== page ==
Estonia’s legal system is based on a civil law system, and is mainly derived from the German, Swedish, and Russian legal systems. The Estonian legal system is comprised of four main sources of law: the Constitution of the Republic of Estonia, acts of Parliament, international treaties, and subsidiary legislation.
The Constitution of the Republic of Estonia is the supreme law of the land and sets out the fundamental rights and freedoms of the people of Estonia. It also outlines the structure of the government, and the responsibilities of the different branches of government.
Acts of Parliament provide the legal framework for the day-to-day running of the state. All acts must be consistent with the Constitution. International treaties, such as those signed by the European Union, are also binding in Estonia.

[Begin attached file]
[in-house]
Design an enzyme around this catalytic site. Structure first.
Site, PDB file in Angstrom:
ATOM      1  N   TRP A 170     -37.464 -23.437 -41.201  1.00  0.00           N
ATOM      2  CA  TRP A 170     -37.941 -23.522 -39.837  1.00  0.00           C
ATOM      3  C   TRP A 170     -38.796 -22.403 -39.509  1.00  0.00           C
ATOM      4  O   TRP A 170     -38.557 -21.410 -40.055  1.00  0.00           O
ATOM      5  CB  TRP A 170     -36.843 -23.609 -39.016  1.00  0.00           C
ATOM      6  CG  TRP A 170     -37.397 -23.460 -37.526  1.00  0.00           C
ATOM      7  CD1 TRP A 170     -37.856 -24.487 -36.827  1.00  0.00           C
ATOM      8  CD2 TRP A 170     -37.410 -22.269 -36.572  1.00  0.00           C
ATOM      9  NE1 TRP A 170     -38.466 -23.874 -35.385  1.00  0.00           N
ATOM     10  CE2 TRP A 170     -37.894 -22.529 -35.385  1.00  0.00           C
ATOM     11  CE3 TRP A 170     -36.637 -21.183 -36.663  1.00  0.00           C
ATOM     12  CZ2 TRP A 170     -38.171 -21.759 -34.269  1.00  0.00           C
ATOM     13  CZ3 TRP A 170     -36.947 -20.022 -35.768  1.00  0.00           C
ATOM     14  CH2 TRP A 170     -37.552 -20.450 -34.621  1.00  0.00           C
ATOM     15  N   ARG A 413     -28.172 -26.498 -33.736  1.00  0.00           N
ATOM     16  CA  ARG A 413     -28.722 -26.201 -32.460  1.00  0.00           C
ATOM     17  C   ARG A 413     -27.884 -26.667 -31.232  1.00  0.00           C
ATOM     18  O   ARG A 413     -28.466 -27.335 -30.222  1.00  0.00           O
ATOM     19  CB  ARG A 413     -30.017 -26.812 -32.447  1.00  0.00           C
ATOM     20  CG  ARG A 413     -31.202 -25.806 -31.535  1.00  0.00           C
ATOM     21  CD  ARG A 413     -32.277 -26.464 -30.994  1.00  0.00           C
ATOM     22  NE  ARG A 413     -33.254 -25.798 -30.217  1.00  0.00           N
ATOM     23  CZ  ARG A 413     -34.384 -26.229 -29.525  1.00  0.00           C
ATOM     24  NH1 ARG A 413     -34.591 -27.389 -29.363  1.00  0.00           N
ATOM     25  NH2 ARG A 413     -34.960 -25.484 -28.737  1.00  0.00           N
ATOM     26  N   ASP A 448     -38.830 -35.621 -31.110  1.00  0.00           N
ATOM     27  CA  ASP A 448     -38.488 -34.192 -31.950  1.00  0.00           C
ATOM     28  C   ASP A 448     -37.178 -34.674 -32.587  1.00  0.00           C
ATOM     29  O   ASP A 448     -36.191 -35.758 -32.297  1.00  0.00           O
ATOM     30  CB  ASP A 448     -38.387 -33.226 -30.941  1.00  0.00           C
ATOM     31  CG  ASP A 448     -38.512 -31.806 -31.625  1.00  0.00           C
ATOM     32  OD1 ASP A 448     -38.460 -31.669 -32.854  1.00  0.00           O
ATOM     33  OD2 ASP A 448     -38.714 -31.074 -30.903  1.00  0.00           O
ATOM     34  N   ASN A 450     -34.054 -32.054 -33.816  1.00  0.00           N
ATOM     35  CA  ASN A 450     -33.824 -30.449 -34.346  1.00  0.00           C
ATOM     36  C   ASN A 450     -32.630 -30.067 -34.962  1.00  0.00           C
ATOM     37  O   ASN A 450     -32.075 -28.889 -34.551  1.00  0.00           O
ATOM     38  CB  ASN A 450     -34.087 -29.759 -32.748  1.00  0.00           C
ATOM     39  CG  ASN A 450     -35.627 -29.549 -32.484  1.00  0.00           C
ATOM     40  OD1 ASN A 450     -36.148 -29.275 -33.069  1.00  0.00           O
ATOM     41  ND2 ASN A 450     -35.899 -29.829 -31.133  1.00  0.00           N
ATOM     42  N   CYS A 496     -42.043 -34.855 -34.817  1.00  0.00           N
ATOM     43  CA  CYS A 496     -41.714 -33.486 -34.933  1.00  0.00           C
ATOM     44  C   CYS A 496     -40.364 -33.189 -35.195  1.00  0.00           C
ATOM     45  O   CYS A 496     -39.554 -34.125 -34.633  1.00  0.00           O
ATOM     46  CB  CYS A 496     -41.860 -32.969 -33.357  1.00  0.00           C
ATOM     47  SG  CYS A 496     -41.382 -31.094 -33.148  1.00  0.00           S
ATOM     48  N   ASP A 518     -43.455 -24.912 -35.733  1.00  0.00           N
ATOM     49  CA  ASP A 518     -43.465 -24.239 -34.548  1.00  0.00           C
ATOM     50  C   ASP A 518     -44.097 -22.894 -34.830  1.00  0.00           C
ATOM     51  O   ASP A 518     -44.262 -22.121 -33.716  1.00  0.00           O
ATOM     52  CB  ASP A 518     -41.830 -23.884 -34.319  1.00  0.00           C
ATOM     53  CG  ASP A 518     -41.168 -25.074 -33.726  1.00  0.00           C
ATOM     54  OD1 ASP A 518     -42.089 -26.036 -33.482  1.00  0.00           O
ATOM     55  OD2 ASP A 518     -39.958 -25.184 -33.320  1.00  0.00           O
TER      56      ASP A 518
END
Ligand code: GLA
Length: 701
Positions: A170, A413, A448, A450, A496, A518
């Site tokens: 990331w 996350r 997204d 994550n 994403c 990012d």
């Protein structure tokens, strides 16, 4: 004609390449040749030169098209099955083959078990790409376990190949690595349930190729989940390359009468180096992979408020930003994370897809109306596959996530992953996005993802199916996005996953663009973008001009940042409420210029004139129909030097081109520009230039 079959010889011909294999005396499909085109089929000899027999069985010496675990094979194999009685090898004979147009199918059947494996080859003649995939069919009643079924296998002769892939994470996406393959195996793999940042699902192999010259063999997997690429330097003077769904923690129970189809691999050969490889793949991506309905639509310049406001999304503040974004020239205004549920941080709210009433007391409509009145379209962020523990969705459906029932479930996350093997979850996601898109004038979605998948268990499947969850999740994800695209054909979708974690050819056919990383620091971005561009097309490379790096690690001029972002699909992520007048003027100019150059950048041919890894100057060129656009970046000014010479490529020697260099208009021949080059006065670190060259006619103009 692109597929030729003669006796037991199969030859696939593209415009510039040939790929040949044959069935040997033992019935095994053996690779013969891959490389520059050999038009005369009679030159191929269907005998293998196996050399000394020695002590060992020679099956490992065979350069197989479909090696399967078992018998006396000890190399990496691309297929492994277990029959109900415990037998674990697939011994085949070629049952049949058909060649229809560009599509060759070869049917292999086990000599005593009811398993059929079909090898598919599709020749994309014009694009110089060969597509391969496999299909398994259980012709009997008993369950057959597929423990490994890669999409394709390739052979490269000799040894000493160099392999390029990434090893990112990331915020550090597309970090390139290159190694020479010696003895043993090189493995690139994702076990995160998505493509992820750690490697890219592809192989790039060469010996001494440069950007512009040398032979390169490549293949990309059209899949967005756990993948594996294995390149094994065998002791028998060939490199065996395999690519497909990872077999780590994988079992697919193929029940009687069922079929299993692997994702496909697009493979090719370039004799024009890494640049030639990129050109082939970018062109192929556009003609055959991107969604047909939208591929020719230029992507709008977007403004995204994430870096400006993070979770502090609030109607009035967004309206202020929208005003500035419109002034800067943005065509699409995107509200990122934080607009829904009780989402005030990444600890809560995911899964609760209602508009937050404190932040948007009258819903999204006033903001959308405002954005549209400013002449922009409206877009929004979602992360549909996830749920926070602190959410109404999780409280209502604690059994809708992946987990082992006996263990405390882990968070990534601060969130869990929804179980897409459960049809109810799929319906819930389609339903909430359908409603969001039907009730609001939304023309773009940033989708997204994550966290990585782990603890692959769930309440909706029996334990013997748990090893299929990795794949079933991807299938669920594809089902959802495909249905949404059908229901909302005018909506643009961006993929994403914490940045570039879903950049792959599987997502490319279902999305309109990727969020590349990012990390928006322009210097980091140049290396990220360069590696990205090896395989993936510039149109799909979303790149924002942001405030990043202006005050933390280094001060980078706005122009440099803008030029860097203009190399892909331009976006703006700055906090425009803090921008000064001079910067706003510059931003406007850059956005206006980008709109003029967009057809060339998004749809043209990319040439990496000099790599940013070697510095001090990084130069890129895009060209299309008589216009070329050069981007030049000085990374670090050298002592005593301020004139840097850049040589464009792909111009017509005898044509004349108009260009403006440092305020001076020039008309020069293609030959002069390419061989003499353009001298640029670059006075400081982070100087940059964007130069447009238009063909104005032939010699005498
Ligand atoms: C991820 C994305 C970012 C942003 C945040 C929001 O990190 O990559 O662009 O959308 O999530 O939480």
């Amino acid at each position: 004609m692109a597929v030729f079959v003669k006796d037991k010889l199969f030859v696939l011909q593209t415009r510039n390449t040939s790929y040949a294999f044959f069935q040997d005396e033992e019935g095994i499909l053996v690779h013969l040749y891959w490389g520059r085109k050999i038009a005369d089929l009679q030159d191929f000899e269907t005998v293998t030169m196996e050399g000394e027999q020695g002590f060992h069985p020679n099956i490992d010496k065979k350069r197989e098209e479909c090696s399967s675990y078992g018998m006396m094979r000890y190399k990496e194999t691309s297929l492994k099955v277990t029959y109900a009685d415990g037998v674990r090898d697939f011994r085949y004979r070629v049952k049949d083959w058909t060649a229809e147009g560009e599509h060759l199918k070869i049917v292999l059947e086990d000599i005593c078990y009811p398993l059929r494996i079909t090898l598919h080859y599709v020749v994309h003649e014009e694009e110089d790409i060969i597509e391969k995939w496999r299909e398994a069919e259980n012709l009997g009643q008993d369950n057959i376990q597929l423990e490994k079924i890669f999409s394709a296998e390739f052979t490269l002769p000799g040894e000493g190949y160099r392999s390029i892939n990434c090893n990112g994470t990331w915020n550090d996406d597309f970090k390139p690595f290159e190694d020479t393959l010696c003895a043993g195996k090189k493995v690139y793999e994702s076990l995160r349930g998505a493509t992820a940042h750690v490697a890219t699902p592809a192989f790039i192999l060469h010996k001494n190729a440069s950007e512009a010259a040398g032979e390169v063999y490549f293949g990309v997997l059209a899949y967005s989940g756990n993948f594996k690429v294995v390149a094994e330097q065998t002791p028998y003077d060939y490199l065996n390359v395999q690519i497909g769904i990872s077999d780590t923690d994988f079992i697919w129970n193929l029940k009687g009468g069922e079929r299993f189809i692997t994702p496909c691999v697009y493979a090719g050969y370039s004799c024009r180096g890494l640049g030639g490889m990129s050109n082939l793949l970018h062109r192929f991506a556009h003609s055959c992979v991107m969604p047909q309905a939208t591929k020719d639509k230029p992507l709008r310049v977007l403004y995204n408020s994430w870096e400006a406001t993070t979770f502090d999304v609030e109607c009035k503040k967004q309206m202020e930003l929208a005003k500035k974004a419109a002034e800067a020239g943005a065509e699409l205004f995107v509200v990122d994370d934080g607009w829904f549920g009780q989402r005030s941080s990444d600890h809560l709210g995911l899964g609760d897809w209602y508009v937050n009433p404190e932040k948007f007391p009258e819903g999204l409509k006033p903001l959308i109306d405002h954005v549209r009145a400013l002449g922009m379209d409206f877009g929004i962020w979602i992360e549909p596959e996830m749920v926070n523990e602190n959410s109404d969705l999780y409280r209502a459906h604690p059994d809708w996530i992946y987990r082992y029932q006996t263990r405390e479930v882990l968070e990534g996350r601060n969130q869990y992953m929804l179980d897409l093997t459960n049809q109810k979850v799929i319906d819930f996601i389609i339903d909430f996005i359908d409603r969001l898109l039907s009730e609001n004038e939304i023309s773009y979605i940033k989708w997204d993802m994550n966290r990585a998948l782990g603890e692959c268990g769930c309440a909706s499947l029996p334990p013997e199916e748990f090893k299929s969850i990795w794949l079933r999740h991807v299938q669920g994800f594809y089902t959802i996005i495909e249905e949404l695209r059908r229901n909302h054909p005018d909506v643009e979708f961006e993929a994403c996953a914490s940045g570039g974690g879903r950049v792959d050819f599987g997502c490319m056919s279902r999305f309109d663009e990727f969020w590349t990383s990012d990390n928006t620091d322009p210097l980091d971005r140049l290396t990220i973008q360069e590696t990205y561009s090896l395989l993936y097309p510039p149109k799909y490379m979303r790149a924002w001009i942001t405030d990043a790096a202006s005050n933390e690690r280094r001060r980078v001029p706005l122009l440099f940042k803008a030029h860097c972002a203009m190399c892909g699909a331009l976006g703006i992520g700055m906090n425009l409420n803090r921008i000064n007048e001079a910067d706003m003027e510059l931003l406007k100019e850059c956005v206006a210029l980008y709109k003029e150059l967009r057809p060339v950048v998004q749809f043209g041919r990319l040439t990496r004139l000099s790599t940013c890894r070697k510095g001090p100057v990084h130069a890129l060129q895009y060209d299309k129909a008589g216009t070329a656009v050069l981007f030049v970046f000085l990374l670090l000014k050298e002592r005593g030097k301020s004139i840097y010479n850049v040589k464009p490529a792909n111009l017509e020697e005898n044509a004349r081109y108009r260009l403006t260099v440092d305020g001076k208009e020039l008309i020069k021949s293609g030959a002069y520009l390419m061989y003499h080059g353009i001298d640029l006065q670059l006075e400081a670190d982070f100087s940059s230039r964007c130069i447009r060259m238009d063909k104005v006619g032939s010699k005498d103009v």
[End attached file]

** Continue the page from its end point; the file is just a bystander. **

Subsidiary legislation, such as regulations and orders, are issued by the Government, ministries, and other public bodies. These are subordinate to acts of Parliament and must comply with the Constitution.
The Estonian legal system is administered by the courts. The Supreme Court is the highest court in the country, and is responsible for reviewing the decisions of lower courts and ensuring that they comply with the law. The court system is divided into three levels: District Courts, Administrative Courts, and the Supreme Court.
In addition to the court system, Estonia also has an administrative system, which is responsible for ensuring that citizens and businesses comply with the law. The administrative system is overseen by the Ministry of Justice, the Police and Border Guard Board, the Tax and Customs Board, and the Financial Supervisory Authority.